Additives and vehicle storage.

Ethanol has increased acidity, conductivity and inorganic chloride content when compared to conventional petrol which is typically pH neutral. Ethanol can cause corrosion and tarnishing of metal components under certain conditions. These characteristics are controlled in the ethanol used to blend E5 and E10 European and UK petrol by the ethanol fuel specification BS EN15376 in order to help limit corrosion.

Some aftermarket ethanol compatibility additives claim complete protection for operating historic and classic vehicles on E10 petrol. The FBHVC is not aware of, or has tested any additives that claim complete fuel system protection with respect to elastomer and gasket materials for use with E10 petrol. The FBHVC therefore recommends that elastomer and gasket materials are replaced with ethanol compatible materials before operation on E10 petrol.

However, corrosion inhibitor additives can be very effective in controlling ethanol derived corrosion and are recommended to be added to ethanol in the BS EN15376 standard. It is not clear if corrosion inhibitors are universally added to ethanol for E5 and E10 blending so as an additional precaution it is recommended that aftermarket corrosion inhibitor additives are added to E5 and E10 petrol.

These aftermarket ethanol corrosion inhibitor additives often called ethanol compatibility additives are usually combined with a metallic valve recession additive (VSR) and sometimes an octane booster and have been found to provide good protection against metal corrosion in historic and classic vehicle fuel systems.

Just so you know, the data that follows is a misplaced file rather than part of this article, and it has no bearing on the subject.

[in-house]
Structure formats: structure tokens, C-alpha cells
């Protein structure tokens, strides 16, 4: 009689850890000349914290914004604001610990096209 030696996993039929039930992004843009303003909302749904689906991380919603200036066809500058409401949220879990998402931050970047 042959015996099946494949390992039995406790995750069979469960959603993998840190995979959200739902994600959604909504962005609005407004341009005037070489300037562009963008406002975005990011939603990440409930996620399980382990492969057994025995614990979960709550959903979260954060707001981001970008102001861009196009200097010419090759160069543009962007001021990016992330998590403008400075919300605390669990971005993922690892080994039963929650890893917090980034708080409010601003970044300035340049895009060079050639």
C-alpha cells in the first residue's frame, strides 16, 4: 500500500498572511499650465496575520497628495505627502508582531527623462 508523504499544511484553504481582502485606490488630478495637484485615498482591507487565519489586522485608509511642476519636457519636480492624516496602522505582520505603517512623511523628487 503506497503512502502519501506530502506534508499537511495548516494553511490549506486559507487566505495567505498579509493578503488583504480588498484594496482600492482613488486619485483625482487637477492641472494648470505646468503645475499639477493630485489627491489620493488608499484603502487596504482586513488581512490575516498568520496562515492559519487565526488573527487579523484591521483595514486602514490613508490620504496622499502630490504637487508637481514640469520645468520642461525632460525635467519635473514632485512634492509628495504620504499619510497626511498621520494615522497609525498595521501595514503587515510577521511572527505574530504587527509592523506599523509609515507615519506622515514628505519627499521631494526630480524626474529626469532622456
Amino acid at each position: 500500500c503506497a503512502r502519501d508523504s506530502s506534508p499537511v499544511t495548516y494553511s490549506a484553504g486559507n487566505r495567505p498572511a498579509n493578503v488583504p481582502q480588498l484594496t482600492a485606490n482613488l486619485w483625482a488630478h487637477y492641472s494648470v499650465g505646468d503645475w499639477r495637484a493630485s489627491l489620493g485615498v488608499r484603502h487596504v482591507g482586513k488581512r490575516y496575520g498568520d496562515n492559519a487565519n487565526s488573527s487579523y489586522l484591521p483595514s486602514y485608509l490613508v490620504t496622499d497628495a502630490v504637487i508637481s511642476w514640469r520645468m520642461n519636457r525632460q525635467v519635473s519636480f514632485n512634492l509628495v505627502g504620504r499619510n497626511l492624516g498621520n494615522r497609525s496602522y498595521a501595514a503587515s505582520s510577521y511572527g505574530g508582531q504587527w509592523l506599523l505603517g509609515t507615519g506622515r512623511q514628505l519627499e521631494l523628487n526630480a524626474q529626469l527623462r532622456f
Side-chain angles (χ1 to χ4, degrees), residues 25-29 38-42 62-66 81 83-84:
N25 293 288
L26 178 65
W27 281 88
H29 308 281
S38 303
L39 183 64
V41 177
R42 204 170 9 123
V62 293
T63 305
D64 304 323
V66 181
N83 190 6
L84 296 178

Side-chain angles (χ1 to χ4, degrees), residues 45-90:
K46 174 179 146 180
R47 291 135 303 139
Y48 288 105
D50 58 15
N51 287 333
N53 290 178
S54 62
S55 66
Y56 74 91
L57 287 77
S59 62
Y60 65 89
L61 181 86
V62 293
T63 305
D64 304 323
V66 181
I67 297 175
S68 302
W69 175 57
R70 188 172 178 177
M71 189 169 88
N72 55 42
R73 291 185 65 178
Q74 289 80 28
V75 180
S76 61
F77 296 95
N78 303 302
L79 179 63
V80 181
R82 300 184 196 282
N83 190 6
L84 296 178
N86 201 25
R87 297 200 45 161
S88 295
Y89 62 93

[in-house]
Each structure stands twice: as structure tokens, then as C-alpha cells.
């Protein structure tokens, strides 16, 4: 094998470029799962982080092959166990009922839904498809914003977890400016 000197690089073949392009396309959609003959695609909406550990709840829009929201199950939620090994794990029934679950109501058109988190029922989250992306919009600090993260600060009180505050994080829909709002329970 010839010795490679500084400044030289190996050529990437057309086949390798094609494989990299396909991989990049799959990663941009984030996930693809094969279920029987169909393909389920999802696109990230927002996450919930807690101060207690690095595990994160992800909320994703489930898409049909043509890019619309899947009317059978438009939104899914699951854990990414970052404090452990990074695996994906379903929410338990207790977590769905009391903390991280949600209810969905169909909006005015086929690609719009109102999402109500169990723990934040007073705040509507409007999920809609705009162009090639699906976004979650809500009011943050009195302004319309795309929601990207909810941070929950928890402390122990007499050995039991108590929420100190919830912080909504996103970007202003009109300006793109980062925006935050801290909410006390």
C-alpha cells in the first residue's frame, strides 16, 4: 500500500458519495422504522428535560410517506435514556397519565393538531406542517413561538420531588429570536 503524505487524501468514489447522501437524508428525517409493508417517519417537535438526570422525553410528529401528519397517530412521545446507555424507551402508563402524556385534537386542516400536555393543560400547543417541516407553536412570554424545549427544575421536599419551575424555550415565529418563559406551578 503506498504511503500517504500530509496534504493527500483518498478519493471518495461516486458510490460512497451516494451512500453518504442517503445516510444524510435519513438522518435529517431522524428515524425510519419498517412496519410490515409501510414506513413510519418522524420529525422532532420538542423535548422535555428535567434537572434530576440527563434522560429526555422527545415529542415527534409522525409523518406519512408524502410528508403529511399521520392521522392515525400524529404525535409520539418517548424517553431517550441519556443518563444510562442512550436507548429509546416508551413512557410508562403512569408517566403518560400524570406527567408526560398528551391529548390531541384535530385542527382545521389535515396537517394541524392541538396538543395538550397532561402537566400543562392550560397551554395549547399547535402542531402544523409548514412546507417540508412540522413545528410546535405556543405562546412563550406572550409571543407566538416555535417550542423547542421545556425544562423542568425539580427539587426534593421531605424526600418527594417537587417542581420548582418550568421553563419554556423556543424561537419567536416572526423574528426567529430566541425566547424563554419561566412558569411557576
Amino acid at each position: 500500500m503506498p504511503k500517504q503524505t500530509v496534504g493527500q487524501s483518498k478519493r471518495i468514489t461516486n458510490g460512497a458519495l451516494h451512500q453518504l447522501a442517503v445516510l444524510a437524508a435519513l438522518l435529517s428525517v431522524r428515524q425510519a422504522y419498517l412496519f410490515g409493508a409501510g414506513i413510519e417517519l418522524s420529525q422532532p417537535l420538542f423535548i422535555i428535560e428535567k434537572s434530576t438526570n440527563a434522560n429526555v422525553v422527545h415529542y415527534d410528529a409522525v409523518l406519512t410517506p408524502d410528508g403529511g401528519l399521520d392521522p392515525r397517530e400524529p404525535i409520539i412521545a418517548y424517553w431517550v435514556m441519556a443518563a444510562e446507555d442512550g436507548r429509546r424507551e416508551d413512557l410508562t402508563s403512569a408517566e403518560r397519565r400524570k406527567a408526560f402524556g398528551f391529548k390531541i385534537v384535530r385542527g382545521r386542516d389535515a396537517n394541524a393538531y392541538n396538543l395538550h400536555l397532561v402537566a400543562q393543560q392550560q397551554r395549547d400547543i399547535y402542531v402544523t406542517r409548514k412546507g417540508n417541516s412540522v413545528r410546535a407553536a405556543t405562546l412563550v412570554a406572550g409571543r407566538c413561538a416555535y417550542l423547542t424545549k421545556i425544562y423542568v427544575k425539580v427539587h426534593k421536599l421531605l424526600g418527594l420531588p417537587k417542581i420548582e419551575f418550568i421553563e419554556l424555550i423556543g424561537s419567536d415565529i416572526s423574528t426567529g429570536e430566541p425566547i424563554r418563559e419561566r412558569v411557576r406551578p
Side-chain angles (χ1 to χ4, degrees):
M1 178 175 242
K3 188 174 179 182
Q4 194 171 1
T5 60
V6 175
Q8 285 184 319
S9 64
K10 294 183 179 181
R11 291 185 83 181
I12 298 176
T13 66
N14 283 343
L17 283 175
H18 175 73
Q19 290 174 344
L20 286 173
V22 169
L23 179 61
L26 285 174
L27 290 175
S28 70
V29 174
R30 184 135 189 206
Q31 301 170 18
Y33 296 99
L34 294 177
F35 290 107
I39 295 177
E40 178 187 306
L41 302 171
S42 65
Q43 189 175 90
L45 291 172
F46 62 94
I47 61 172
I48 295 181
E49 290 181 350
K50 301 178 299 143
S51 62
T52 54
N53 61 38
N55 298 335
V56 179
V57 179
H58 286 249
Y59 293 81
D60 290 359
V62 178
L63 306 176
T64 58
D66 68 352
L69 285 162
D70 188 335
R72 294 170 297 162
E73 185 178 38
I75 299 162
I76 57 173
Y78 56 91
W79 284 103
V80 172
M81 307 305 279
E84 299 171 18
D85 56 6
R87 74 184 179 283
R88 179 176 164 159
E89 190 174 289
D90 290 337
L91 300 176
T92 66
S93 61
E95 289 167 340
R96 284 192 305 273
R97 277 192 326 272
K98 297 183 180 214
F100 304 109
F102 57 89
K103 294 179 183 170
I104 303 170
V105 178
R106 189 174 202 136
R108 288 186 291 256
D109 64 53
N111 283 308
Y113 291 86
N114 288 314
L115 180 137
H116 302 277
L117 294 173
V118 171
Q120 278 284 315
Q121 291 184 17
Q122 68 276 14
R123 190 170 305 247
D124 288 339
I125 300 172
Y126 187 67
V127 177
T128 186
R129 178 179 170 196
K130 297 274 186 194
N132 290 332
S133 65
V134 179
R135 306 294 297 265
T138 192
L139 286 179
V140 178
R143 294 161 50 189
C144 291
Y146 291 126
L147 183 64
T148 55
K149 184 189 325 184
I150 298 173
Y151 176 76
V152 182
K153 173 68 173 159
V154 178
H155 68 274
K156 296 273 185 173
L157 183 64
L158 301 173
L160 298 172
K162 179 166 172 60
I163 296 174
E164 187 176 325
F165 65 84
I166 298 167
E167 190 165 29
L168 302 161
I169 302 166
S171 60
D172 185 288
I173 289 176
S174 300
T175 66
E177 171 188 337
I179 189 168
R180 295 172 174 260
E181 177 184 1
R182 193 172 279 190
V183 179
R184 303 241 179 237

What happens if I fill up with E10 by accident?

Don’t panic – your car will continue to run, just fill up with E5 at the next opportunity and avoid storing your vehicle for long periods with E10 fuel.

E5 Petrol

E5 petrol can contain between 0 and 5% by volume ethanol. Other oxygenated blend components may also be used up to a maximum petrol oxygen content of 2.7%. There is a variation at the pumps, not just between brands but also between different areas of the country, some will contain a lot less but the absolute maximum is capped at 5%.

E10 Petrol

E10 petrol contains between 5.5 – 10% ethanol by volume. Other oxygenated blend components may also be used up to a maximum petrol oxygen content of 3.7%. Again, there is a variation at the pumps, not just between brands but also between different areas of the country, some will contain a lot less but the absolute maximum is capped at 10%.

It should be noted that some Super E5 Protection grade fuels do not contain Ethanol as the E5 designation is for fuels containing up to 5% Ethanol. To re-iterate, product availability varies by manufacturer and geographical location.

Diesel labelling

The renewable content of diesel fuel will not be changing and service station fuel pumps will continue to be labelled as B7, designating a biodiesel, Fatty Acid Methyl Ester (FAME) content of between 0 and 7% by volume. New vehicles manufactured from 2019 onwards should have a ‘B7’ and or higher content label close to the filler cap showing the fuel they can use.

For media enquiries, please contact:

  • Wayne Scott at Classic Heritage PR, 07759 260899. wayne@classicheritagepr.co.uk

About the FBHVC:

The Federation of British Historic Vehicle Clubs exists to uphold the freedom to use historic vehicles on the road. It does this by representing the interests of owners of such vehicles to politicians, government officials, and legislators both in the UK and (through the Federation Internationale des Vehicules Anciens) in Europe.

There are over 500 subscriber organisations representing a total membership of over 250,000 in addition to individual and trade supporters. All our directors operate in a voluntary capacity supported by our secretary.

Website: www.fbhvc.co.uk

4 July 2021 – Summer Jaguar Festival

   The Summer Jaguar Festival was a thrilling one-day event within the atmospheric surroundings of Bicester Heritage. It happen on Sunday 4th July 2021 and celebrated 60 years of the iconic E-type, plus the anniversaries of the Mark 10, X-Type, XK8 and X150 and 70 years since Jaguar’s first victory at Le Mans.